Yesterday, voters went to the polls and Dilma Roussef from the Workers’ Party (PT) was re-elected with 51.64% of valid votes, defeating Aecio Neves, from the Social-Democrats Party (PSDB), who reached 48.36% of valid votes. This was the closest presidential challenge since the democratization in 1989. After a year marked by unusual phenomena in the country and forecast mistakes by opinion polls in the first round of the elections, predicting who was going to win the second round of presidential elections was not an easy task. For that reason, Neale Ahmed El-Dash, a statistician who has been working with electoral polls for more than ten years, developed a website where opinion polls were summed and weighted in order to produce a better forecast.
While the closeness of the second round presidential election made it hard to predict who would be the winner, another phenomena raised attention throughout the country: an increase of polarization that reached the point of regional prejudice and hate speechs.
2013 and 2014 were very emotional years for Brazil: a massive wave of protests that broke out in June of last year but continued until the World Cup, the hosting of the largest event of the country’s most beloved sport, the humiliating defeat to Germany. And finally, a presidential running marked by the tragic death of a candidate, the sudden rise and fall of his substitute and a campaign, and an unprecedented level of polarization, aggressiveness and lies.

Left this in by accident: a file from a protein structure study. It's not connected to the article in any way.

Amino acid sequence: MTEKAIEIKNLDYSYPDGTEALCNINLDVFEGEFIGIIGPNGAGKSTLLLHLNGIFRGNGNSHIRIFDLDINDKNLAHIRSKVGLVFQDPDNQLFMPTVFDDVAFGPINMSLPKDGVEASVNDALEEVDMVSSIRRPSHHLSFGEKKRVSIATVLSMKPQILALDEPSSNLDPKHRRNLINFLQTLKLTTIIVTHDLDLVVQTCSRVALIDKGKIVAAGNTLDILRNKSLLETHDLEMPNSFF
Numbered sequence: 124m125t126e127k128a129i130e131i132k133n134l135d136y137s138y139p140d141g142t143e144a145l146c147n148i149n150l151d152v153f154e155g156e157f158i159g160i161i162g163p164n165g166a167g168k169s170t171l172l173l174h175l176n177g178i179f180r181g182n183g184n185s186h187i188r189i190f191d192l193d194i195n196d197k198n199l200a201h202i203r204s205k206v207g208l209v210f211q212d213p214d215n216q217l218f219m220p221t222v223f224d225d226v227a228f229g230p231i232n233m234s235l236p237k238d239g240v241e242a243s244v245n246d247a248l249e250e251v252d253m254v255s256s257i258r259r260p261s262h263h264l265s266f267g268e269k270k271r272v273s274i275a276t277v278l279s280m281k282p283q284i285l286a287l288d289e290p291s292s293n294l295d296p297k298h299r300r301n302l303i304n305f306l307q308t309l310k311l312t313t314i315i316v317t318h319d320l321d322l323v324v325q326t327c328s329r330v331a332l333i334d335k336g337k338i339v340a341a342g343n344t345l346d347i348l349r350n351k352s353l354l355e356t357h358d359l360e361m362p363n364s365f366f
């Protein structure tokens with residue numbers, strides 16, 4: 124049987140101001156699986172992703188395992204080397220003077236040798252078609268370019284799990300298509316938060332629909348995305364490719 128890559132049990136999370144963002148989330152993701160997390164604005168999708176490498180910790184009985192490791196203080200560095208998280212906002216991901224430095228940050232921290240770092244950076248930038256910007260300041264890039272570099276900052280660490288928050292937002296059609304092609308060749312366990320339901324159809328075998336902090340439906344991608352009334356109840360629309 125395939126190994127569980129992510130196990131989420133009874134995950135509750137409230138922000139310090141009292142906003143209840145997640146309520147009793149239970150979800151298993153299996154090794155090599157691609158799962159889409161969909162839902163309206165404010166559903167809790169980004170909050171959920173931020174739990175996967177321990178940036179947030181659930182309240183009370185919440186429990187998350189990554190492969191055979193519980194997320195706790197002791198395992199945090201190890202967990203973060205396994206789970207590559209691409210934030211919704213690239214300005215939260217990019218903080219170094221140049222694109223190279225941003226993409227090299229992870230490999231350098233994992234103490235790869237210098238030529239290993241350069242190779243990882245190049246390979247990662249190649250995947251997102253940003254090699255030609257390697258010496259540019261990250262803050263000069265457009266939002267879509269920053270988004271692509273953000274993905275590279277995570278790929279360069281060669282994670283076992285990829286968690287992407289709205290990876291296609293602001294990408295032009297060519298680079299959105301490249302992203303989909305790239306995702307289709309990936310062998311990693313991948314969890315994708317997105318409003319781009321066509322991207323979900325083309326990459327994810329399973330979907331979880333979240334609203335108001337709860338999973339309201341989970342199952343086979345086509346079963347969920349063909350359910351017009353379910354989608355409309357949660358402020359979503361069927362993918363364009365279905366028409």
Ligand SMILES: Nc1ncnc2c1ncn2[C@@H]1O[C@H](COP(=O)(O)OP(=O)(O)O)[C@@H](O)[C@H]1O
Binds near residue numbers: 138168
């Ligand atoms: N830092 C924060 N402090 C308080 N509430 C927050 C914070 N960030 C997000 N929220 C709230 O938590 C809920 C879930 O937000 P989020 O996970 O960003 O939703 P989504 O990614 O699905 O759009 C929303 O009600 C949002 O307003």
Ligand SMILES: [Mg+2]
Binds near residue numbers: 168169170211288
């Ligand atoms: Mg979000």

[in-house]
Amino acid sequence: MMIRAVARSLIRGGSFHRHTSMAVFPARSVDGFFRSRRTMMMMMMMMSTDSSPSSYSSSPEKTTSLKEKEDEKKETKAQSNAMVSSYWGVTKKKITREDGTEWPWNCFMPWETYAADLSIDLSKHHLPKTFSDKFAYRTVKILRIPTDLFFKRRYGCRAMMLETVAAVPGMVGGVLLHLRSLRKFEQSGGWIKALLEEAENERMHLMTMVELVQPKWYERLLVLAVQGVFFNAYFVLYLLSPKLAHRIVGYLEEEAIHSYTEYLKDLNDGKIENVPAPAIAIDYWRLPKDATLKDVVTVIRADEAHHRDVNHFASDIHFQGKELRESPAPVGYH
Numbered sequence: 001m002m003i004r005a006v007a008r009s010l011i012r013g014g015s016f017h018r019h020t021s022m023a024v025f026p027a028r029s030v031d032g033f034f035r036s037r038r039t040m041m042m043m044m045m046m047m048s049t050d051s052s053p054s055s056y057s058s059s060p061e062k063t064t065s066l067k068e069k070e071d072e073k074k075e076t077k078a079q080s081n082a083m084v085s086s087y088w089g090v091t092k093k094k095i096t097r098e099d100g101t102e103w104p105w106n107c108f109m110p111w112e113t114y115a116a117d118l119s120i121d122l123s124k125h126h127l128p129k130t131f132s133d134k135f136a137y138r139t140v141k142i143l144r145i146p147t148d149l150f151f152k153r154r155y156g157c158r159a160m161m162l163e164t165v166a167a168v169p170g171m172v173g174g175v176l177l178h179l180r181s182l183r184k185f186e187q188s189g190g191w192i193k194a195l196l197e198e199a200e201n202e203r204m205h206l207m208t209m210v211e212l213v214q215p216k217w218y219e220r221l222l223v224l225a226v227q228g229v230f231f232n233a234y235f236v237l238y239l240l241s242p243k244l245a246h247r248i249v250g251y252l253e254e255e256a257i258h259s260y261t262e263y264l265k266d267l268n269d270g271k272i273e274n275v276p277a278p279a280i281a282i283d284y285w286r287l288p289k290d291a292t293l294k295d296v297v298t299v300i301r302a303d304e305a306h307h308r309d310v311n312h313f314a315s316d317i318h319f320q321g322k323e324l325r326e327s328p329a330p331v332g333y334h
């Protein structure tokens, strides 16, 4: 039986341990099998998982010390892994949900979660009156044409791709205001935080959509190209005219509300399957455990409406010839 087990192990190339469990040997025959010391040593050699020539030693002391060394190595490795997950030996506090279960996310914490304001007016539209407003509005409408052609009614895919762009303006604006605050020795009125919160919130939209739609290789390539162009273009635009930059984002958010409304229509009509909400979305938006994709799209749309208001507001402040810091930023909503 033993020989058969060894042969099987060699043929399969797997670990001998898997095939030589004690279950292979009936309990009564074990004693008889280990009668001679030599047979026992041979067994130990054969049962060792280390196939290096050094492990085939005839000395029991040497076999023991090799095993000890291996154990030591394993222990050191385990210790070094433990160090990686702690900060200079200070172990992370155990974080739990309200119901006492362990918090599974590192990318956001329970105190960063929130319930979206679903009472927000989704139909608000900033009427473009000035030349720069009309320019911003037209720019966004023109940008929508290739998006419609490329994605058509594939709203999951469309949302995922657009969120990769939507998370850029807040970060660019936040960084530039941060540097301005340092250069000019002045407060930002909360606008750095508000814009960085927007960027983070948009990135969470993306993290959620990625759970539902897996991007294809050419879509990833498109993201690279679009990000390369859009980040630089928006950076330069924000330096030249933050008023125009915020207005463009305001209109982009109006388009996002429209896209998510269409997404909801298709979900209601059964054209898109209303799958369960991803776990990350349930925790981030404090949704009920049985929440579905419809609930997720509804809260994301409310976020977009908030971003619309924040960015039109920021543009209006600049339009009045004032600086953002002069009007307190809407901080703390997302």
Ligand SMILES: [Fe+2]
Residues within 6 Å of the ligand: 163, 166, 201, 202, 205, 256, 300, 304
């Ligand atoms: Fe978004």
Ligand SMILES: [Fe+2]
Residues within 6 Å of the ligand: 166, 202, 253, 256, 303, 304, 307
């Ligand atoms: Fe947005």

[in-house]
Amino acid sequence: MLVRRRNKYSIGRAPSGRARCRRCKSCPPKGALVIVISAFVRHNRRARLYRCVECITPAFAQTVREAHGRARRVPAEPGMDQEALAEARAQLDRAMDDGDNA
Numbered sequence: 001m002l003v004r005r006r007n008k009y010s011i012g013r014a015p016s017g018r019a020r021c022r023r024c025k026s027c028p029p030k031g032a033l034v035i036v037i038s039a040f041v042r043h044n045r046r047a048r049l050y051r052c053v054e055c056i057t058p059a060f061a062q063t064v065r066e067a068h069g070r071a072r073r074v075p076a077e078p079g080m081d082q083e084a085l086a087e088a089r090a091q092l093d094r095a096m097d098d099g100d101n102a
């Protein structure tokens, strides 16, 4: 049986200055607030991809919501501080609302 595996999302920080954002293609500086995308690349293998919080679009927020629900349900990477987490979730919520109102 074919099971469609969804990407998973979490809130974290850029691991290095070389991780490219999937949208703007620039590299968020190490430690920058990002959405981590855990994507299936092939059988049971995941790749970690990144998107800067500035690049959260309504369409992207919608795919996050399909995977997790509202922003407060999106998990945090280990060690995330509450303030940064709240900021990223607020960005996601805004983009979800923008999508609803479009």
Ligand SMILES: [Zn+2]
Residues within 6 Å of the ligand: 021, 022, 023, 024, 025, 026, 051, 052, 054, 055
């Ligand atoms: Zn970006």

After the death of the candidate for the “third way”, Eduardo Campos, in a plane crash, Marina Silva took his place. Marina was an even stronger option of this “third way”, having reached 20% of votes in 2010 elections. She decided to become Campos’ candidate for vice-president when her brand new party did not get its license on time to become a candidate herself.
Silva’s poll voting intentions started to rise abruptly, to the point that some people said Mr. Neves should give up on the elections to support her candidacy. Nevertheless, the more she rose, more the two major parties, PT and PSDB, aimed to destroy her image. They enjoyed roughly 10 minutes of daily electoral advertising on TV and radio, while the former Environment Minister had barely 2 minutes to defend herself from accusations. After three weeks, the PSDB candidate started to rise again and Marina’s vote shares plunged. She did not make it to the second round. That could have been the first time in 20 years where the second round would not be PT against PSDB.
After the first round results, everybody knew what was to come: polarization and even more aggressiveness from both sides, since they have dominated almost every political challenge in the country with that polarization.
Neves got the support of many smaller first round contenders and Marina Silva herself. A bribery scandal at Petrobras (a state-run oil company which happens to be the country’s largest enterprise) could help him to consolidate the first place. The economy could also go on his favour.